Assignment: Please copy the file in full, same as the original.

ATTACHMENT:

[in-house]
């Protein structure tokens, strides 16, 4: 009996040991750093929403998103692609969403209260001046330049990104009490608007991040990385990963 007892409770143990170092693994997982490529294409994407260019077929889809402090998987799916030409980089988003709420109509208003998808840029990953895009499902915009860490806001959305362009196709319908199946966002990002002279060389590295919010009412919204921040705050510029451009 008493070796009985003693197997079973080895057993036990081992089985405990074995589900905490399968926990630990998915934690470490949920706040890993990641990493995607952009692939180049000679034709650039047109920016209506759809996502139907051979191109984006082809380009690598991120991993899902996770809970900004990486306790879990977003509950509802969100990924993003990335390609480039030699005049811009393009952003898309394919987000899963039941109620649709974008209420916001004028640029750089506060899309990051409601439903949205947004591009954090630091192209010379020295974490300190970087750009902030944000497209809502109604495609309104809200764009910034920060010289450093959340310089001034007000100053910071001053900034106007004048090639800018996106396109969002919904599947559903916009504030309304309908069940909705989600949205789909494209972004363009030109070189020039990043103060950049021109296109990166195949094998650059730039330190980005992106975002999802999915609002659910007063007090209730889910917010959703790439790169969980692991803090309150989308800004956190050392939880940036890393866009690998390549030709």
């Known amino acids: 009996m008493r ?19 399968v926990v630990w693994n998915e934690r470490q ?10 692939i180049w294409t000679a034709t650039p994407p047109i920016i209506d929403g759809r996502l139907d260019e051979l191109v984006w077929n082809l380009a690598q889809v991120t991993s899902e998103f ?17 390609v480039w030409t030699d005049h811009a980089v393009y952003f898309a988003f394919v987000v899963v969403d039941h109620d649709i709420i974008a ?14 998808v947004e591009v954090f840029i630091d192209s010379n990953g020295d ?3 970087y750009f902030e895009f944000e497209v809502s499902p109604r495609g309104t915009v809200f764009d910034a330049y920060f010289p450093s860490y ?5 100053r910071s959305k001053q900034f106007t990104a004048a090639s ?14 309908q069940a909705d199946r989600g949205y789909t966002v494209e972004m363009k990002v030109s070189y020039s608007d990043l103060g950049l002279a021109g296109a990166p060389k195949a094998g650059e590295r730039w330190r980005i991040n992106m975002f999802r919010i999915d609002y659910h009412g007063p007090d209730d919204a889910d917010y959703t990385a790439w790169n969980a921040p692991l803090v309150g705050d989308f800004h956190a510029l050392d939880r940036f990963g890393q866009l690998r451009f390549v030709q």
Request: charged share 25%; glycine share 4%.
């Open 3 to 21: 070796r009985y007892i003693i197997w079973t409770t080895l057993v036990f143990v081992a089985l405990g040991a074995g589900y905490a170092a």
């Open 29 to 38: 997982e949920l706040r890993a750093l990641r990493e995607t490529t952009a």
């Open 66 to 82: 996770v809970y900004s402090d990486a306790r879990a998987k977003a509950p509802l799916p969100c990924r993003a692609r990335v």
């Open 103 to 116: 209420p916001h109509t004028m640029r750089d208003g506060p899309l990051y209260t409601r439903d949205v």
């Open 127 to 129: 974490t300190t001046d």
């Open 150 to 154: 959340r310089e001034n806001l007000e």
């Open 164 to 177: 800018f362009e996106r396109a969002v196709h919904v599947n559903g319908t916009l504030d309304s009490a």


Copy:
[in-house]
């Protein structure tokens, strides 16, 4: 009996040991750093929403998103692609969403209260001046330049990104009490608007991040990385990963 007892409770143990170092693994997982490529294409994407260019077929889809402090998987799916030409980089988003709420109509208003998808840029990953895009499902915009860490806001959305362009196709319908199946966002990002002279060389590295919010009412919204921040705050510029451009 008493070796009985003693197997079973080895057993036990081992089985405990074995589900905490399968926990630990998915934690470490949920706040890993990641990493995607952009692939180049000679034709650039047109920016209506759809996502139907051979191109984006082809380009690598991120991993899902996770809970900004990486306790879990977003509950509802969100990924993003990335390609480039030699005049811009393009952003898309394919987000899963039941109620649709974008209420916001004028640029750089506060899309990051409601439903949205947004591009954090630091192209010379020295974490300190970087750009902030944000497209809502109604495609309104809200764009910034920060010289450093959340310089001034007000100053910071001053900034106007004048090639800018996106396109969002919904599947559903916009504030309304309908069940909705989600949205789909494209972004363009030109070189020039990043103060950049021109296109990166195949094998650059730039330190980005992106975002999802999915609002659910007063007090209730889910917010959703790439790169969980692991803090309150989308800004956190050392939880940036890393866009690998390549030709």
């Known amino acids: 009996m008493r ?19 399968v926990v630990w693994n998915e934690r470490q ?10 692939i180049w294409t000679a034709t650039p994407p047109i920016i209506d929403g759809r996502l139907d260019e051979l191109v984006w077929n082809l380009a690598q889809v991120t991993s899902e998103f ?17 390609v480039w030409t030699d005049h811009a980089v393009y952003f898309a988003f394919v987000v899963v969403d039941h109620d649709i709420i974008a ?14 998808v947004e591009v954090f840029i630091d192209s010379n990953g020295d ?3 970087y750009f902030e895009f944000e497209v809502s499902p109604r495609g309104t915009v809200f764009d910034a330049y920060f010289p450093s860490y ?5 100053r910071s959305k001053q900034f106007t990104a004048a090639s ?14 309908q069940a909705d199946r989600g949205y789909t966002v494209e972004m363009k990002v030109s070189y020039s608007d990043l103060g950049l002279a021109g296109a990166p060389k195949a094998g650059e590295r730039w330190r980005i991040n992106m975002f999802r919010i999915d609002y659910h009412g007063p007090d209730d919204a889910d917010y959703t990385a790439w790169n969980a921040p692991l803090v309150g705050d989308f800004h956190a510029l050392d939880r940036f990963g890393q866009l690998r451009f390549v030709q």
Request: charged share 25%; glycine share 4%.
């Open 3 to 21: 070796r009985y007892i003693i197997w079973t409770t080895l057993v036990f143990v081992a089985l405990g040991a074995g589900y905490a170092a």
């Open 29 to 38: 997982e949920l706040r890993a750093l990641r990493e995607t490529t952009a």
């Open 66 to 82: 996770v809970y900004s402090d990486a306790r879990a998987k977003a509950p509802l799916p969100c990924r993003a692609r990335v």
């Open 103 to 116: 209420p916001h109509t004028m640029r750089d208003g506060p899309l990051y209260t409601r439903d949205v």
């Open 127 to 129: 974490t300190t001046d």
């Open 150 to 154: 959340r310089e001034n806001l007000e």
């Open 164 to 177: 800018f362009e996106r396109a969002v196709h919904v599947n559903g319908t916009l504030d309304s009490a």